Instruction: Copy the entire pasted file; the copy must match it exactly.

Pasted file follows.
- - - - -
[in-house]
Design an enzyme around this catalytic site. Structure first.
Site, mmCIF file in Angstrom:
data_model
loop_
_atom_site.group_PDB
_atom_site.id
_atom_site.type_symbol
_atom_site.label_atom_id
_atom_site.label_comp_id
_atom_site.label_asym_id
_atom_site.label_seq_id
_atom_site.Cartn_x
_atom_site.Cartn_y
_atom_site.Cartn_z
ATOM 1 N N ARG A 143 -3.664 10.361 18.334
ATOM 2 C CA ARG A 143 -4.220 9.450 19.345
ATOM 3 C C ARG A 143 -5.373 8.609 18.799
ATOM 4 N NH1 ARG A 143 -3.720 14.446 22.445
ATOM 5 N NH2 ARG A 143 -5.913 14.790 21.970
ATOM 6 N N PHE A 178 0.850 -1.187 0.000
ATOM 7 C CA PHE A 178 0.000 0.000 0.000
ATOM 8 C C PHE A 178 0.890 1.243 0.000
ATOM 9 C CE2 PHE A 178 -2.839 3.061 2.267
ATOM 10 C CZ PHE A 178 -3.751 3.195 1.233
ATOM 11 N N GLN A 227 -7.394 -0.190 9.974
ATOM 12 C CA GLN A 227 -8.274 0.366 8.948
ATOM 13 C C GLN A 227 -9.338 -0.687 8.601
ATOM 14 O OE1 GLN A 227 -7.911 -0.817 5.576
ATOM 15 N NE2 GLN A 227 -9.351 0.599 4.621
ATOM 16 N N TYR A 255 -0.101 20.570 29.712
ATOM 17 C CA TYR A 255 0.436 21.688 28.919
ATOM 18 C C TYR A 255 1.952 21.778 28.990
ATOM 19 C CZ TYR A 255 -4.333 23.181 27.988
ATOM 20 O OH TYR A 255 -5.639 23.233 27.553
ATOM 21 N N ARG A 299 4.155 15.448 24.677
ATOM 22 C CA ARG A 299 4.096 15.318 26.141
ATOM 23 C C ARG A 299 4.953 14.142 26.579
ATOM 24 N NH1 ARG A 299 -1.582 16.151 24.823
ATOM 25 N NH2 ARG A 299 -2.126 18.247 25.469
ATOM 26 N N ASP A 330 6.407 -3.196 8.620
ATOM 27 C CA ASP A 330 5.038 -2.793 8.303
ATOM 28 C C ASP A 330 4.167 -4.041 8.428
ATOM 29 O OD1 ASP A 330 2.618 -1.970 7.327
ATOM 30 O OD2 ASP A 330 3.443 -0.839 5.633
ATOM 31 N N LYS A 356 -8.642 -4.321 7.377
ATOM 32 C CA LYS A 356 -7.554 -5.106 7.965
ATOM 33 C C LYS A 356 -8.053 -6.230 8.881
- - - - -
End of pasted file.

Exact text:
[in-house]
Design an enzyme around this catalytic site. Structure first.
Site, mmCIF file in Angstrom:
data_model
loop_
_atom_site.group_PDB
_atom_site.id
_atom_site.type_symbol
_atom_site.label_atom_id
_atom_site.label_comp_id
_atom_site.label_asym_id
_atom_site.label_seq_id
_atom_site.Cartn_x
_atom_site.Cartn_y
_atom_site.Cartn_z
ATOM 1 N N ARG A 143 -3.664 10.361 18.334
ATOM 2 C CA ARG A 143 -4.220 9.450 19.345
ATOM 3 C C ARG A 143 -5.373 8.609 18.799
ATOM 4 N NH1 ARG A 143 -3.720 14.446 22.445
ATOM 5 N NH2 ARG A 143 -5.913 14.790 21.970
ATOM 6 N N PHE A 178 0.850 -1.187 0.000
ATOM 7 C CA PHE A 178 0.000 0.000 0.000
ATOM 8 C C PHE A 178 0.890 1.243 0.000
ATOM 9 C CE2 PHE A 178 -2.839 3.061 2.267
ATOM 10 C CZ PHE A 178 -3.751 3.195 1.233
ATOM 11 N N GLN A 227 -7.394 -0.190 9.974
ATOM 12 C CA GLN A 227 -8.274 0.366 8.948
ATOM 13 C C GLN A 227 -9.338 -0.687 8.601
ATOM 14 O OE1 GLN A 227 -7.911 -0.817 5.576
ATOM 15 N NE2 GLN A 227 -9.351 0.599 4.621
ATOM 16 N N TYR A 255 -0.101 20.570 29.712
ATOM 17 C CA TYR A 255 0.436 21.688 28.919
ATOM 18 C C TYR A 255 1.952 21.778 28.990
ATOM 19 C CZ TYR A 255 -4.333 23.181 27.988
ATOM 20 O OH TYR A 255 -5.639 23.233 27.553
ATOM 21 N N ARG A 299 4.155 15.448 24.677
ATOM 22 C CA ARG A 299 4.096 15.318 26.141
ATOM 23 C C ARG A 299 4.953 14.142 26.579
ATOM 24 N NH1 ARG A 299 -1.582 16.151 24.823
ATOM 25 N NH2 ARG A 299 -2.126 18.247 25.469
ATOM 26 N N ASP A 330 6.407 -3.196 8.620
ATOM 27 C CA ASP A 330 5.038 -2.793 8.303
ATOM 28 C C ASP A 330 4.167 -4.041 8.428
ATOM 29 O OD1 ASP A 330 2.618 -1.970 7.327
ATOM 30 O OD2 ASP A 330 3.443 -0.839 5.633
ATOM 31 N N LYS A 356 -8.642 -4.321 7.377
ATOM 32 C CA LYS A 356 -7.554 -5.106 7.965
ATOM 33 C C LYS A 356 -8.053 -6.230 8.881